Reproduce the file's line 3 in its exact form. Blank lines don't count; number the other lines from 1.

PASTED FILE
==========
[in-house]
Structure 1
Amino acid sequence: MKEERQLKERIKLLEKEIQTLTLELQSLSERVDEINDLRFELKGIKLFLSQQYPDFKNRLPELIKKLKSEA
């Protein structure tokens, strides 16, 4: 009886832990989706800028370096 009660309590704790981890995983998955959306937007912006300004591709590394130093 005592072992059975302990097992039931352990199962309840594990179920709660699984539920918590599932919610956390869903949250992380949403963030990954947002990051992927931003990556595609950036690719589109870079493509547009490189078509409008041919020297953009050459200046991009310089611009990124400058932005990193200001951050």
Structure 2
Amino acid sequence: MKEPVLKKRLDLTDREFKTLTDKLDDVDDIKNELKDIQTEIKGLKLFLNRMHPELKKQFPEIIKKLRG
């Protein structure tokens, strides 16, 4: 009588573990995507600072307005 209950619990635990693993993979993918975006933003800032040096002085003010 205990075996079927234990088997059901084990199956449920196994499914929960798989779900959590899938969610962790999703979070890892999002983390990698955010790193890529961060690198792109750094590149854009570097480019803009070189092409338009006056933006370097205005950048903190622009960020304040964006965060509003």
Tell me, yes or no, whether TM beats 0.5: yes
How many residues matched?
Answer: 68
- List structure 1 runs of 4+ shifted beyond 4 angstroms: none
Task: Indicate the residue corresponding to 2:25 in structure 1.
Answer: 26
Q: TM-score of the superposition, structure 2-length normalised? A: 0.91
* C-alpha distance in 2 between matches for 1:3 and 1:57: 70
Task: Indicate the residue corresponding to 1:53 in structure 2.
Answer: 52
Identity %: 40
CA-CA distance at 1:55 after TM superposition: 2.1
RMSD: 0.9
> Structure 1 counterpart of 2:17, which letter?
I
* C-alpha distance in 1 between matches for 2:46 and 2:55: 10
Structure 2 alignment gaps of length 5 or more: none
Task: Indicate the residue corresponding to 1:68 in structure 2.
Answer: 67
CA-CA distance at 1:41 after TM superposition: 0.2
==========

Amino acid sequence: MKEERQLKERIKLLEKEIQTLTLELQSLSERVDEINDLRFELKGIKLFLSQQYPDFKNRLPELIKKLKSEA